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Publication numberUS6301699 B1
Publication typeGrant
Application numberUS 09/271,548
Publication dateOct 9, 2001
Filing dateMar 18, 1999
Priority dateMar 18, 1999
Fee statusPaid
Also published asWO2002039273A1
Publication number09271548, 271548, US 6301699 B1, US 6301699B1, US-B1-6301699, US6301699 B1, US6301699B1
InventorsYona Hollander, Ophir Rahman, Shmuel Sagiv, Ury Segal
Original AssigneeCorekt Security Systems, Inc.
Export CitationBiBTeX, EndNote, RefMan
External Links: USPTO, USPTO Assignment, Espacenet
Method for detecting buffer overflow for computer security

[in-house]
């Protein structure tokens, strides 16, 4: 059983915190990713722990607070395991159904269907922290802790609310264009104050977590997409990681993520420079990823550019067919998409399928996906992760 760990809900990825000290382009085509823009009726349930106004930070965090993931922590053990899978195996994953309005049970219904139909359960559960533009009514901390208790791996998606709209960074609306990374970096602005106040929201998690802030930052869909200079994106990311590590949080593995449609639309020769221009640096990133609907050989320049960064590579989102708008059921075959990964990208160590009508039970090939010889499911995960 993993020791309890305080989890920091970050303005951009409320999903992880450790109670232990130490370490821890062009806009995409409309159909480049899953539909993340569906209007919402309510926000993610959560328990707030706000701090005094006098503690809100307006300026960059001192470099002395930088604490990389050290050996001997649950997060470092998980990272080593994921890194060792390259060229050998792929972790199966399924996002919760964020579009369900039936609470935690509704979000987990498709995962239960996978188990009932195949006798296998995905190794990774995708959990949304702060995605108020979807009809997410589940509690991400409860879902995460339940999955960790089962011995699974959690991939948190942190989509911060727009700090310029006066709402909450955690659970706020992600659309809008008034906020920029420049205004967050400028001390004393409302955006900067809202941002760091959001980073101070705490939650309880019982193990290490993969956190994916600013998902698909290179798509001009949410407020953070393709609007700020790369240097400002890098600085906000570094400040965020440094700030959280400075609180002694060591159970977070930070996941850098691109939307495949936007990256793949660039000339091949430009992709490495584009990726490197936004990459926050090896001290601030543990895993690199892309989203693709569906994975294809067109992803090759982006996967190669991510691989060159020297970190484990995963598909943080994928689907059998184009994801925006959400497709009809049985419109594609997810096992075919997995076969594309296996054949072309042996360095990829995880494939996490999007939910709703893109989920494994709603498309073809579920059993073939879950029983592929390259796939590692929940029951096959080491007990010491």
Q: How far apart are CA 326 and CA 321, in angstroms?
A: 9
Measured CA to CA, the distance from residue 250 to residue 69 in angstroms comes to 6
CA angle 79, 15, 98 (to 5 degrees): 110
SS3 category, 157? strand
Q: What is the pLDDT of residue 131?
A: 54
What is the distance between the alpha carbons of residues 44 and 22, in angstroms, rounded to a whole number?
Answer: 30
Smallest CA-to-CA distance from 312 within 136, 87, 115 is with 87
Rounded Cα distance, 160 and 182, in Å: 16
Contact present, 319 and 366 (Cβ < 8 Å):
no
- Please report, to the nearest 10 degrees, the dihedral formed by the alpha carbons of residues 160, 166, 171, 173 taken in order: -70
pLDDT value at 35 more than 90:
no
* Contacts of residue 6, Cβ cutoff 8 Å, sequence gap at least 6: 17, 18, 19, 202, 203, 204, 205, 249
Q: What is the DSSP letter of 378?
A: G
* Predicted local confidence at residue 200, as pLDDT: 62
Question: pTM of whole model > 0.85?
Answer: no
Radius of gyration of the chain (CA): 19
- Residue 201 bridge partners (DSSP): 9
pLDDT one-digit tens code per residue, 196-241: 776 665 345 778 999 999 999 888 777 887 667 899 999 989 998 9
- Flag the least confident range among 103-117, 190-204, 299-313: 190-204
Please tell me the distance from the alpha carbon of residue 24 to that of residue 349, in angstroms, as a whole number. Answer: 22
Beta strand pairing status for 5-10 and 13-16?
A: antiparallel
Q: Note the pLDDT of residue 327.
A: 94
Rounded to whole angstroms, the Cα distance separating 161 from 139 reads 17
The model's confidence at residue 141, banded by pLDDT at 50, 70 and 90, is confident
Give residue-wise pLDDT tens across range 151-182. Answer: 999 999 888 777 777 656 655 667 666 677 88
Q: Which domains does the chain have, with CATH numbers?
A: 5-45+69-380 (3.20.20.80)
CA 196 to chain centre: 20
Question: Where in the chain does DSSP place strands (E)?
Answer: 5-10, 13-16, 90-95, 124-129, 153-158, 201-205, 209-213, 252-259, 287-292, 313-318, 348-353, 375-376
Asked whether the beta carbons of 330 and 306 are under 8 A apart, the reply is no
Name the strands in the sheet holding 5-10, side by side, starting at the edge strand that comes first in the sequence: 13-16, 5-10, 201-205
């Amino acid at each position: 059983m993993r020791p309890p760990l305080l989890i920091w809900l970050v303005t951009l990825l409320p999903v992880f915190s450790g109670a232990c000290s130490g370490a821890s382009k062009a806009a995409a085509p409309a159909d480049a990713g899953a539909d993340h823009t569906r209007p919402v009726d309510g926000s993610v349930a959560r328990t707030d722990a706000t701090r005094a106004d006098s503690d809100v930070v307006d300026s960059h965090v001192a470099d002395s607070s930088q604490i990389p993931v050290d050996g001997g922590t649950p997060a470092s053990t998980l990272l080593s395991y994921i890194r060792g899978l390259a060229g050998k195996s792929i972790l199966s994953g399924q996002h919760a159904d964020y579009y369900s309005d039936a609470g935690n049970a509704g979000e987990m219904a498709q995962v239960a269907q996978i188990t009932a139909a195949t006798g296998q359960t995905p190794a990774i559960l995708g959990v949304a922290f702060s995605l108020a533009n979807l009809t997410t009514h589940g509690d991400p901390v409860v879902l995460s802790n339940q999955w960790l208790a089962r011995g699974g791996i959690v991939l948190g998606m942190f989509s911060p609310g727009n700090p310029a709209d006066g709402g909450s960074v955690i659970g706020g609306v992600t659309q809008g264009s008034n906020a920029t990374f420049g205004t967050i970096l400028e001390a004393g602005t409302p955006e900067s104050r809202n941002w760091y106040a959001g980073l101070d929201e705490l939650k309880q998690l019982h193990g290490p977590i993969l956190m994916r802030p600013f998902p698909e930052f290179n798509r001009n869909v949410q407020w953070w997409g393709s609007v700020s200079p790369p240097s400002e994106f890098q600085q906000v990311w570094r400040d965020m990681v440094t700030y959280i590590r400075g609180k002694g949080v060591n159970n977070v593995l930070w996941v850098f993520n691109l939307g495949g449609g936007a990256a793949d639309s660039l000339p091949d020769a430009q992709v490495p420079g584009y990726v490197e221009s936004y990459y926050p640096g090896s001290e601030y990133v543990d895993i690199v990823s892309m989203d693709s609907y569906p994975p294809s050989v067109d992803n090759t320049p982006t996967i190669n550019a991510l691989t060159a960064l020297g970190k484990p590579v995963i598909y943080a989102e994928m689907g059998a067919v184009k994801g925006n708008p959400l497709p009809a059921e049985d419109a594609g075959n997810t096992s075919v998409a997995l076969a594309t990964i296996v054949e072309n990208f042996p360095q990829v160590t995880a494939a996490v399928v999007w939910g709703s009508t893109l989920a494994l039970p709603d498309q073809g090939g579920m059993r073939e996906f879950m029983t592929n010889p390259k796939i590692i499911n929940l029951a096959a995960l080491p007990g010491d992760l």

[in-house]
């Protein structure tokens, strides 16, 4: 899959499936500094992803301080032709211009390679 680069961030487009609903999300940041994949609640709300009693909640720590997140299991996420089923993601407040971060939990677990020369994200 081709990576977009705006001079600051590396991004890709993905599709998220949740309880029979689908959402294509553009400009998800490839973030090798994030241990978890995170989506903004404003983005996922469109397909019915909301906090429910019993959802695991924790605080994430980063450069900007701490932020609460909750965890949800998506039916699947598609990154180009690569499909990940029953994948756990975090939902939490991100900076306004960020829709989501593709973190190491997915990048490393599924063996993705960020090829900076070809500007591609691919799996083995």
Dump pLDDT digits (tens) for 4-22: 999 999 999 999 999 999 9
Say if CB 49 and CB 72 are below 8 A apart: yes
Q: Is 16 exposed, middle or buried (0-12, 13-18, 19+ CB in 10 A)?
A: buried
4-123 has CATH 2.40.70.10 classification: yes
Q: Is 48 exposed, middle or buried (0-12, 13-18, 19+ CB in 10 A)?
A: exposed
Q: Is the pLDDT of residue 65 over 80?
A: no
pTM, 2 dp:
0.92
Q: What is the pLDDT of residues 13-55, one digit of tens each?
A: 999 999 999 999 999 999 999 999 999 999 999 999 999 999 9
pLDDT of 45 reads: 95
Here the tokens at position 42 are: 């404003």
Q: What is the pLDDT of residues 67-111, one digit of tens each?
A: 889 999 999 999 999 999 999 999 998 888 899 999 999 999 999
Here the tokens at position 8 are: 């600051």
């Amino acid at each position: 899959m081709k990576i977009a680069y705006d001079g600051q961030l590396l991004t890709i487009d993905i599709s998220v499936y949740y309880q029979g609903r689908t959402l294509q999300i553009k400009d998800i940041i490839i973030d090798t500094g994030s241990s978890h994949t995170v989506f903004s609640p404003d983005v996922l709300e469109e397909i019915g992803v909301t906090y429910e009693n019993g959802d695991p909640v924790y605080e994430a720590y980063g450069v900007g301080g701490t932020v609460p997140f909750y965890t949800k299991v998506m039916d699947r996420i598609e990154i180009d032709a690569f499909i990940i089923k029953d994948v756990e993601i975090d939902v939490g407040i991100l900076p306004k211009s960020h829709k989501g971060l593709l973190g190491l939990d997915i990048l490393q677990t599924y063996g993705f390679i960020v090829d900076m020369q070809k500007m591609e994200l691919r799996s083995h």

US 6301699 B1
Abstract
Method for detecting buffer overflow weakness exploitation, including the steps of determining a plurality of threshold parameters, each respective to a buffer overflow weakness exploitation event, analyzing a code to be executed, thereby producing a plurality of validation values, comparing said validation values to the respective ones of the threshold parameters, and determining a buffer overflow weakness exploitation attempt, when at least one of the validation values exceeds the respective one of the threshold parameters.
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Claims(7)
What is claimed is:
1. Method for detecting buffer overflow weakness exploitation, comprising the steps of:
determining at least one threshold parameter, each said at least one threshold parameter being respective to a buffer overflow weakness exploitation event,
analyzing a code to be executed, thereby producing at least one validation value,